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Score: 65%
ESRB: Mature
Publisher: Arush Entertainment
Developer: Digitalo Studios
Media: CD/1
Players: 1 - 32 (Multiplayer)
Genre: First Person Shooter

Graphics & Sound:

Almost any game using the Unreal engine these days is bound to look good, and Devastation is no exception. The scenery is gorgeous, and there is blood galore. Unfortunately, the physics system the developers implemented leaves something to be desired. People have rag-doll qualities to them, that is, when they die they flop to the ground in a manner that resembles a doll being dropped. Sometimes, though, dead enemies will 'sink' through things like tables and chairs as if they were in quick sand.

The sound scores average over all. The dialogue isn't horrible, something to be happy about in any video game, and the music doesn't get on your nerves. A built-in music player will let you switch to any track you want at any time you want, something that isn't too common these days. The weapon sounds are the best of the bells and whistles. They are loud and intimidating, and match the game's personality flawlessly.


Devastation is just your run of the mill first person shooter action game. The story line is thin and not easily believed; you live in a future where all technology is outlawed, yet there are still cars, weapons, and other manner of intelligent inventions to be found everywhere. You are part of the resistance against this oppressive government. Character development is weak, and most of the missions are boring and redundant. You're never quite sure why you're going to blow up this generator or look for some enemy base.

However, Devastation does make up for some of its flaws with the amount of action packed into it. There are a whole slew of weapons, and you can go two at a time with some of the smaller ones. The sniper rifle will leave half of your target's entrails splattered on the wall behind them, and there is even a katana that you can use when you feel like getting personal with someone.

Though Devastation is predominantly a regular old FPS, it does develop into squad based combat later on. You'll be accompanied by your allies during different levels, and you can give them orders to attack, defend, follow or stay where they are. In theory, this is a great idea. There are some later levels designed to make you defend one area while attacking another. The problem is that the squad AI is so horrible that your teammates are of almost no use to you. When you tell them to attack, they'll run in the opposite direction and then disappear. If you're lucky enough to get them to follow you, they usually watch as you are gunned down. Occasionally they get the urge to fight back, but they'll most likely get themselves killed in the process, and that spells game over for you.

Devastation's only saving grace is its Multiplayer mode. Fighting alongside real people who can actually think is a nice break from the frustrating single player mode. Though there aren't many different map types to play on, it does offer more variety than you'll see in the story driven missions.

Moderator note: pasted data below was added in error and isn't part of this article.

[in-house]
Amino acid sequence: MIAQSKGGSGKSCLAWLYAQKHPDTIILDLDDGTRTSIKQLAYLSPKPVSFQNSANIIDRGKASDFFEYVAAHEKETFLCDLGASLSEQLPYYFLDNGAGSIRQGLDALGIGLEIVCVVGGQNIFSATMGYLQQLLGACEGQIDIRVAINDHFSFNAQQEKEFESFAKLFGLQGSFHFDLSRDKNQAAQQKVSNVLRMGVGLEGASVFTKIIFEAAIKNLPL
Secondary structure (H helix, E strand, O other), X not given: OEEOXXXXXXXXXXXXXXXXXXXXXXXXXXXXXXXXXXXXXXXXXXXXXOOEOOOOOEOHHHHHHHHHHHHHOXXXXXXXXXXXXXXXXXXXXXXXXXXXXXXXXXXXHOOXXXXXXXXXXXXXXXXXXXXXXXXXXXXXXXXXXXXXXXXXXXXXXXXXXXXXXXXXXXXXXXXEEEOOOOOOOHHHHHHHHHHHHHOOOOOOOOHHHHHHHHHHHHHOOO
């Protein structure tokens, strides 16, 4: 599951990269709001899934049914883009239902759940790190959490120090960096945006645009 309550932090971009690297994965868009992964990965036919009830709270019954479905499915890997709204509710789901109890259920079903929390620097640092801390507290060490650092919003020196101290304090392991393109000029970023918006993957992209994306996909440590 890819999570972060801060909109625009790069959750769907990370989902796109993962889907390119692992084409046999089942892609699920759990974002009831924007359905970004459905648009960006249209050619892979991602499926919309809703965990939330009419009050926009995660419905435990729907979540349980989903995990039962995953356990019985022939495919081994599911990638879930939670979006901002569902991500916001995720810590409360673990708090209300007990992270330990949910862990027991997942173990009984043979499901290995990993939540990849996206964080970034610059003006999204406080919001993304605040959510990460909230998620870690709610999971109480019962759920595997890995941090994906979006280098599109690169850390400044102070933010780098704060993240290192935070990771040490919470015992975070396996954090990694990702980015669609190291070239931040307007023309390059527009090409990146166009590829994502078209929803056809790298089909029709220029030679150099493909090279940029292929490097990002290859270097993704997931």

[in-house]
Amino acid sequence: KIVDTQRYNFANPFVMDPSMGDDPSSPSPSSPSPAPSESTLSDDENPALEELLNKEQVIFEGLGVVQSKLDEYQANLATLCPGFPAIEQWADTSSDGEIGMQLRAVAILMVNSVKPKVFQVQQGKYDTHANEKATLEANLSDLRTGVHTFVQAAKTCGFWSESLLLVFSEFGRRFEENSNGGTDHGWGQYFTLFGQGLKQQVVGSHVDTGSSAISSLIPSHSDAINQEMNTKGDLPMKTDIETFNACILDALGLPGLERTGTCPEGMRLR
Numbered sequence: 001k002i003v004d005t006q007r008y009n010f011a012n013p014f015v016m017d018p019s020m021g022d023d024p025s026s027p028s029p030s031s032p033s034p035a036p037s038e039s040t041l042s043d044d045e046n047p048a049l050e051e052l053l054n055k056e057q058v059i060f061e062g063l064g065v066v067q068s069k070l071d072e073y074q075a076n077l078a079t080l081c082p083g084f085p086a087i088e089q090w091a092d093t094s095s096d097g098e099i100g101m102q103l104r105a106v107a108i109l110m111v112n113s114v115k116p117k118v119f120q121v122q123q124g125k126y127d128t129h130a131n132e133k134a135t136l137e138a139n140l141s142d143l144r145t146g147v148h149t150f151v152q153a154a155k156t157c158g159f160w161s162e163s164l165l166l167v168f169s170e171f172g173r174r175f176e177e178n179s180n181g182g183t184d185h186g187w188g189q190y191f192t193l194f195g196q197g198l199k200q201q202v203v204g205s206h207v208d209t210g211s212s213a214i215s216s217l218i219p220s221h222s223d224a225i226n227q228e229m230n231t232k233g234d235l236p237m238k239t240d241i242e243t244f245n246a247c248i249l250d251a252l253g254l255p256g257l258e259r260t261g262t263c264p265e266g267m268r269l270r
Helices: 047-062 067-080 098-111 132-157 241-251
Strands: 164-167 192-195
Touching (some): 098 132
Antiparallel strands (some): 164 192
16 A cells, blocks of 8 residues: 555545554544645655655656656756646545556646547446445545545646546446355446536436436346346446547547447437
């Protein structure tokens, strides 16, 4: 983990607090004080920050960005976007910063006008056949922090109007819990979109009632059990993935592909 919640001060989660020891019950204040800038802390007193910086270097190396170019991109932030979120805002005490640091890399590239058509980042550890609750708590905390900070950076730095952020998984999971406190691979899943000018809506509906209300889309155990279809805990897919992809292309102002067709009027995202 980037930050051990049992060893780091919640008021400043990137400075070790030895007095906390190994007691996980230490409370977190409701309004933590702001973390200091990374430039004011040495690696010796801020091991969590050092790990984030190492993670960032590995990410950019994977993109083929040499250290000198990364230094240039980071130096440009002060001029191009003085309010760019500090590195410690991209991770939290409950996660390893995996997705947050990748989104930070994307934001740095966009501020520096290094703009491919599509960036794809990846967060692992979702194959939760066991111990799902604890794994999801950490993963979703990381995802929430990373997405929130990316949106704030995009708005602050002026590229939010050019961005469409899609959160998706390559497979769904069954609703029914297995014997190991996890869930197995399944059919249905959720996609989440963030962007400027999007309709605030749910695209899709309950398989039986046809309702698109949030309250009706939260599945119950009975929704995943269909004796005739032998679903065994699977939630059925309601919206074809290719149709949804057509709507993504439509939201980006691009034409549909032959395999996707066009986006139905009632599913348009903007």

The hardest part of Devastation will be trying to get through the levels without the aid of your teammates. It is possible, but the levels aren't designed to be solo missions, and since you have a bunch of brainless gun-toting mannequins at your side, things can get pretty intense. Another difficult aspect is trying to cope with the physics system. The ground is littered with objects that you can manipulate (i.e., pick up and kick). It is all too easy to start tripping over some boxes and chairs, though, as they seem to get stuck to your feet.

Game Mechanics:

Apart from issuing commands to your teammates, there isn't much difference between Devastation and any other FPS. You can hold as many weapons as you want, and there are quite a few of them. The feel of the game does seem to be a little too fast at times, though. Enemies will sprint around the place, making it extremely difficult to score a hit on them with the smaller firearms. The physics system plays another diabolical role here as well; both you and your enemies will 'bounce' on parts of the scenery, like barrels and small walls. It's a little weird in the beginning, but once you get the big guns, it doesn't really matter. 'Spray and Pray' becomes the name of the game at that point.

Though Devastation has some nice bells and whistles, and a pretty good concept for a unique playing experience, things just didn't come out right. Though the game has a small following, it will probably disappear into oblivion pretty soon. Had it been done right, however, Devastation could have been something to contend with on the market. If you're really curious, go ahead and try it out. Otherwise, look at the screen shots and make it a fond memory.

-Snow Chainz, GameVortex Communications
AKA Andrew Horwitz

Minimum System Requirements:

Windows 98/ME/2K/XP, 700 MHz Processor, 256 MB RAM, 1 GB Hard Disk Space, 32 MB Video Card, 32K Modem for Internet play

Test System:

Windows 98, 1.4GHz AMD Athlon, GeForce 2 mx 32MB video card, 40 gig hard drive, 56x CD-ROM, 256MB DDR Ram, Sound Blaster Live! sound card, T1 Internet connection

Windows Deadly Dozen: Pacific Theater Windows Diggles

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